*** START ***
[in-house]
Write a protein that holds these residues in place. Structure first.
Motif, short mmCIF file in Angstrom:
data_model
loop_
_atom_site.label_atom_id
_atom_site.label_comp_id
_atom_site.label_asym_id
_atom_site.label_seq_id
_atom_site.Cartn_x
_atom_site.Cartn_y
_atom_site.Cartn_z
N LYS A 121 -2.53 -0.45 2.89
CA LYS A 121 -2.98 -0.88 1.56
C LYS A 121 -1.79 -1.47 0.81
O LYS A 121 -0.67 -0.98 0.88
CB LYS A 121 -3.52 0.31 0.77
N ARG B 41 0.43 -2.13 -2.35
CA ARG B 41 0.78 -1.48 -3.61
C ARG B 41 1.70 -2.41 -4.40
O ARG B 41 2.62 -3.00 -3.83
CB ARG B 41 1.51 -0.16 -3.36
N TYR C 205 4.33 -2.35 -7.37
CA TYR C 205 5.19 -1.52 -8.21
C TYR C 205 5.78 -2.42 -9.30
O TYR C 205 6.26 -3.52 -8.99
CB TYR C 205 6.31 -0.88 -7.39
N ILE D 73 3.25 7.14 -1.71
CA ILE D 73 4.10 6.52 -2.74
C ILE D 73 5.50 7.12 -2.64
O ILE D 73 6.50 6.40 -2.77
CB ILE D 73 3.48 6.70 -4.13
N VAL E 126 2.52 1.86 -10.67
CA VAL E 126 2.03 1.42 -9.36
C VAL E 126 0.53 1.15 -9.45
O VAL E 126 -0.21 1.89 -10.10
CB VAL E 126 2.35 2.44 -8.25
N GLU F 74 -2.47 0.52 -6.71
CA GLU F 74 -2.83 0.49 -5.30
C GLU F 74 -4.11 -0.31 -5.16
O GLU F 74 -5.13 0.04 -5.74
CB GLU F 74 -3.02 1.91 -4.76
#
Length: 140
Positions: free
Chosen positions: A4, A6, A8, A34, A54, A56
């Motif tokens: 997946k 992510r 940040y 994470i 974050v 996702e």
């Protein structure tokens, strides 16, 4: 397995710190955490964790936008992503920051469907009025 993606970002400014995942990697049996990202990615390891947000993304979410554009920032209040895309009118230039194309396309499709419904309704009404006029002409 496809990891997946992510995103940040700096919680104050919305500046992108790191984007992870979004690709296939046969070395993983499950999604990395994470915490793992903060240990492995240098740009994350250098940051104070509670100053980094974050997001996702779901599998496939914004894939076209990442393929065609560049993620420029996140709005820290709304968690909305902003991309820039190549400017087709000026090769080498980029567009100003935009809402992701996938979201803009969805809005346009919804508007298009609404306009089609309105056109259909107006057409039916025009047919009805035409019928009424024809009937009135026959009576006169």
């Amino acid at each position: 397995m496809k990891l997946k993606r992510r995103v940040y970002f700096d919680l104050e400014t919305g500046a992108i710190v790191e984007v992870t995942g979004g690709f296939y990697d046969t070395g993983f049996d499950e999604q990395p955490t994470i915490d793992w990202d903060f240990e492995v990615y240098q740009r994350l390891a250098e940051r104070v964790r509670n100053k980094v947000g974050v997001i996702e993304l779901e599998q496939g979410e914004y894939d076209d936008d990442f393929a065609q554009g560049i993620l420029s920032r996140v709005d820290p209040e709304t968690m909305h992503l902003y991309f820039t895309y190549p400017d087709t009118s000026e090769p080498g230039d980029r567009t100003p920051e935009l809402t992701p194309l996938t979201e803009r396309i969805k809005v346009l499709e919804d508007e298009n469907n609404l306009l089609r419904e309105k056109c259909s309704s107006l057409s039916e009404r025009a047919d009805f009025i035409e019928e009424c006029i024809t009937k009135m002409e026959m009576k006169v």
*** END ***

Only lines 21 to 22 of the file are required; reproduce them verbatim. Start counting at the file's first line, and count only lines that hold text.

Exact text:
O ARG B 41 2.62 -3.00 -3.83
CB ARG B 41 1.51 -0.16 -3.36